The farmers at Botanga produce their rice for direct milling, which means the rice does not dry on the field. But due to inadequate rice milling factories in the north, the farmers are compelled to depend on aggregators from the south.
AVNASH is the only rice miller in the Northern Region at the moment, but AVNASH’s pricing is considered unfavorable by the farmers, according to Issahaku Mohammed Alhassan and Joseph Tong Kulbil.
“AVNASH has been here on several occasions but the pricing is not favorably to we farmers here. Well the fact is that AVNASH deals with upland farms as well as the irrigation farms and the conditions of the irrigation project is different from those outside fields. Cost of production on the irrigation scheme is higher than cost of production on the upland fields. So, if you are going to use conditions of the upland as a yardstick to buy projects here you see that the farmer is at a disadvantage. So anytime they come here it is the pricing that drives them away, because the price would not make us break even,” Issahaku noted.
“Avnash have got their own conditions which you the farmer after farming have to bring the rice yourself, they have to do some grading which they take and come and tell you, your rice is grade one, grade two and every grade has its price so when they come and tell you your rice is grade three and they are paying you this much you have no say. Besides the payment is not instant, they will give about three weeks or two weeks to come and pay and you know as farmers this is the time we are shifting from the dry to the wet season which we have to continue so on an irrigation project as you see we have two seasons, dry and wet so if you harvest in the dry season you are preparing to enter the wet season and if you harvest in the wet season you are preparing to enter the dry season so AVNASH conditions is something that the farmers are unable to comply,” Joseph also said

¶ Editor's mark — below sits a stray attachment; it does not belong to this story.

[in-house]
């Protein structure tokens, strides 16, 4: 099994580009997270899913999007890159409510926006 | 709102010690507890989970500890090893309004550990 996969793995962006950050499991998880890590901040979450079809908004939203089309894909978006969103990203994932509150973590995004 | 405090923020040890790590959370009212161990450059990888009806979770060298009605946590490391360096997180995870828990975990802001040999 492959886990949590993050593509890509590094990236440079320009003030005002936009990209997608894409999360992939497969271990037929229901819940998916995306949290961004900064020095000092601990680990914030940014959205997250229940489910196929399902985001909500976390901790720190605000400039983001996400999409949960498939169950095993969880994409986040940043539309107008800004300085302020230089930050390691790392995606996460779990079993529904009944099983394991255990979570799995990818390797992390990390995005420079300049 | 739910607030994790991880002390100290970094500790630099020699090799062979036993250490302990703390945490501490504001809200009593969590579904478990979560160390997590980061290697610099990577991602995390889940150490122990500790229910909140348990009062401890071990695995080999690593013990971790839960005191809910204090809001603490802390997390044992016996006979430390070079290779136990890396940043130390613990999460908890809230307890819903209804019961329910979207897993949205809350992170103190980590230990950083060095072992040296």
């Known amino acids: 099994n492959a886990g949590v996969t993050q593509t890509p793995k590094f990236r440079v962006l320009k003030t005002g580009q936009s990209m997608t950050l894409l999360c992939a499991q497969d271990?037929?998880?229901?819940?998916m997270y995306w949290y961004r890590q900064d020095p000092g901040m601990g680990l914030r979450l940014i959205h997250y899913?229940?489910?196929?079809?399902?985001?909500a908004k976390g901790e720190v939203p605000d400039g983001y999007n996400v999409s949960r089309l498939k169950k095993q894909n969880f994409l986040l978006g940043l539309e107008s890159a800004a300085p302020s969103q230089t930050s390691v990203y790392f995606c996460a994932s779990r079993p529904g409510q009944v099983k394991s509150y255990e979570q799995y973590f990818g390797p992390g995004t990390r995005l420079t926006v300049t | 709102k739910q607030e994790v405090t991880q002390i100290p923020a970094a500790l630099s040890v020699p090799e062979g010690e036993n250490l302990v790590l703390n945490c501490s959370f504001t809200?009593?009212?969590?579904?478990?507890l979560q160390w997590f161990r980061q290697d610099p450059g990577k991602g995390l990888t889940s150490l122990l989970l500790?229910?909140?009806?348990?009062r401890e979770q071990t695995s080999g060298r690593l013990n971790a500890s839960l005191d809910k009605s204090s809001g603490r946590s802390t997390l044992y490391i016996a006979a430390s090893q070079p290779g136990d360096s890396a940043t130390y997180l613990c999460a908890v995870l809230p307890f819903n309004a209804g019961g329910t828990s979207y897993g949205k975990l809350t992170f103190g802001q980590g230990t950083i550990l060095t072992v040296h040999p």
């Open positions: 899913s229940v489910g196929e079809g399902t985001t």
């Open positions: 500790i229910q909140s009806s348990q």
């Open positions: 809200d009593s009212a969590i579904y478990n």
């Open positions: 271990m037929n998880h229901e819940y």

Obed Asamoah and Lucy Nsor are buyers from Kumasi. They explained why they can’t trade at the farmers’ price.
“To sell a bag for 300 cedis is too high for the buyers. We buyers want to buy it at 250 cedi’s but they disagree with us,” Obed lamented.
“GHS 300 for a bag will not help us. Those buying the rice we sell it in large scale, so based on what we are selling if we just use it to measure this one it won’t help us. The 270 is too much for us too. We will prefer it at GHS 250. This rice has nothing inside but we just want to buy and sell. It has too much green in it, so they need to leave it for three weeks before they harvest it, so that it will be ready for us,” Lucy explianed.
The farmers say they’re also not getting adequate support from government by way of subsidized inputs for seasonal farming, aside from the difficulty they face in accessing credit from the banks.
“There is no support coming from the government. This subsidized fertilizer does well during the rainy season, forgetting that in the dry season we have farmers as well. The dry season is the major season for most farmers but that is the time we do not get fertilizers at a subsidized price so we are expecting that, government would consider the dry season irrigation farmers. They should consider us with the subsidized fertilizers and the a market for us,” he said.
Over-bagging and under-pricing have remained a challenge for some farmers, but perhaps an advantage for produce buyers especially in sectors where standard measurements are not followed.